Monday, October 11, 2010

The joy of autumn


It is already officially autumn, grapes and chestnuts time (in Italian uva e castagne) and why not try an Italian chestnut dessert called Montebianco, named after the highest Italian Alps mountain, Monte Bianco, raising to 4,810 meters (and French too since it sits at the border of the two countries) with the charming town and elegant ski resort of Courmayeur, only less than two hours from Milan.

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Montebianco can be decorated with Marrons Glacés (glazed chestnuts) and candied violets for a special occasion.
Montebianco (also called Montblanc if you are in France) needs some time for the chestnuts preparation, otherwise it is a very easy and rewarding dessert.
600 grams chestnuts and some sugar, salt and 2 bay leaves to cook them
100 grams of sugar
1/2 liter milk
100 grams of cocoa
a small glass of rum or cognac (in Italy we use acquavite also called grappa, very strong and intense)
shaved dark chocolate and whipped cream for decoration

Wash the chestnuts, cut through the shells with a small knife, put them in a pot of boiling water, boil them for about 10 minutes with salt, sugar and two bay leaves. Take out of the pot a few at a time and peel off the shells and inner skins while they are still warm.  Put peeled chestnuts in a  pot on the stove, cover them with milk and let it be absorbed at low heat for about 40 minutes (add more milk if necessary). Process in a blender or food processor or hand grinder while still warm, add the sugar, rum and cocoa then pass them through a potato ricer directly on the serving plate, consistency should be similar to mashed potatoes. Try to replicate the shape of a mountain.  Let it rest in the fridge for a few hours. When ready to serve decorate it with whipped cream, not too smoothly because you'll need to create the effect of  snow on the peak of the mountain. Add some shaved chocolate here and there if you like.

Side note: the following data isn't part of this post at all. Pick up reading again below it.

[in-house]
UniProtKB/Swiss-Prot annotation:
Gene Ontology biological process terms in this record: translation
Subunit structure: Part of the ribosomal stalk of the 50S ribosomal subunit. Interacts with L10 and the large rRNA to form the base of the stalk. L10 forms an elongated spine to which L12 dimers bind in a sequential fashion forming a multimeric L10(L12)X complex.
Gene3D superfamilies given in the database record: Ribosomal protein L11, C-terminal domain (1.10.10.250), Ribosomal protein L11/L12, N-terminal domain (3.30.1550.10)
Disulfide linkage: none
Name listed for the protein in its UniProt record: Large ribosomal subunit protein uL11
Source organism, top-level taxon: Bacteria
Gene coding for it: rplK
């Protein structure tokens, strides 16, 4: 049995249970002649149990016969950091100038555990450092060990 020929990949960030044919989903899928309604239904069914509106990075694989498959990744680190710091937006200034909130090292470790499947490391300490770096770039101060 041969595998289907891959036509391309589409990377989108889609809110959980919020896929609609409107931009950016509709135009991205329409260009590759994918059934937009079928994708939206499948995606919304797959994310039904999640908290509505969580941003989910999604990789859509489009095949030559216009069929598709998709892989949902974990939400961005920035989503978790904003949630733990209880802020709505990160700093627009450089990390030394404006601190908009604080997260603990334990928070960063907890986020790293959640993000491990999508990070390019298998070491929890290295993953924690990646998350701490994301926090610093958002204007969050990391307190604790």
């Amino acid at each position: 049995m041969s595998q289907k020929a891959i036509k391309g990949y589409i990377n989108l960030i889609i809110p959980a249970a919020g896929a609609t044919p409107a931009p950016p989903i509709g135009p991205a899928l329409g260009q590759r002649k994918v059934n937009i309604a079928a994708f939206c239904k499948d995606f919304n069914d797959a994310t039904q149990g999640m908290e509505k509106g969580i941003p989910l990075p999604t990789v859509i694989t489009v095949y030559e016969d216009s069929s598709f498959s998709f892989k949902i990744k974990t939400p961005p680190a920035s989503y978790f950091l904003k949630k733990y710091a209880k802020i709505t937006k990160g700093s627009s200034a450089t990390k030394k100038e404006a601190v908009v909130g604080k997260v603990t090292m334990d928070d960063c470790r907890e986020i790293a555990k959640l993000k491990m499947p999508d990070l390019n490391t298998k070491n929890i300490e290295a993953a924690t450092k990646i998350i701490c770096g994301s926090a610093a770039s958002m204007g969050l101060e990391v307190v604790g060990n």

This is another, more simple, way of presenting it.

montebianco

or in single portions.

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Don't count the calories, just enjoy it!

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5 comments:

Maria Killam said...

Wow that looks so good!

mary said...

Looks and sounds unbelievably good. (And chestnuts are nuts--so they are healthy: who cares about the calories). thanks. Mary

Anonymous said...

I remember on an october past, buying roasted hot chestnuts from an old street vender in Florence. I can still taste them today. Your post brought it all back to me. Thank you.

Brillante Home Decor said...

Anonymous (or should I call you Marcel?) we love hot roasted chestnuts in Italy also because on a cold and windy day in winter they bring some warmth to our hands when we walk around the city. They taste delicious too and we use to pair them at home with a glass of Ribolla Gialla wine, preferably sitting near a fire!

Anonymous said...

I did sound like Marcel didn't I ? He was right after all, Madeleines or Marrons, those are the things that fond memories are made of. I will keep the Ribolla Gialla in mind with the next fire.

 
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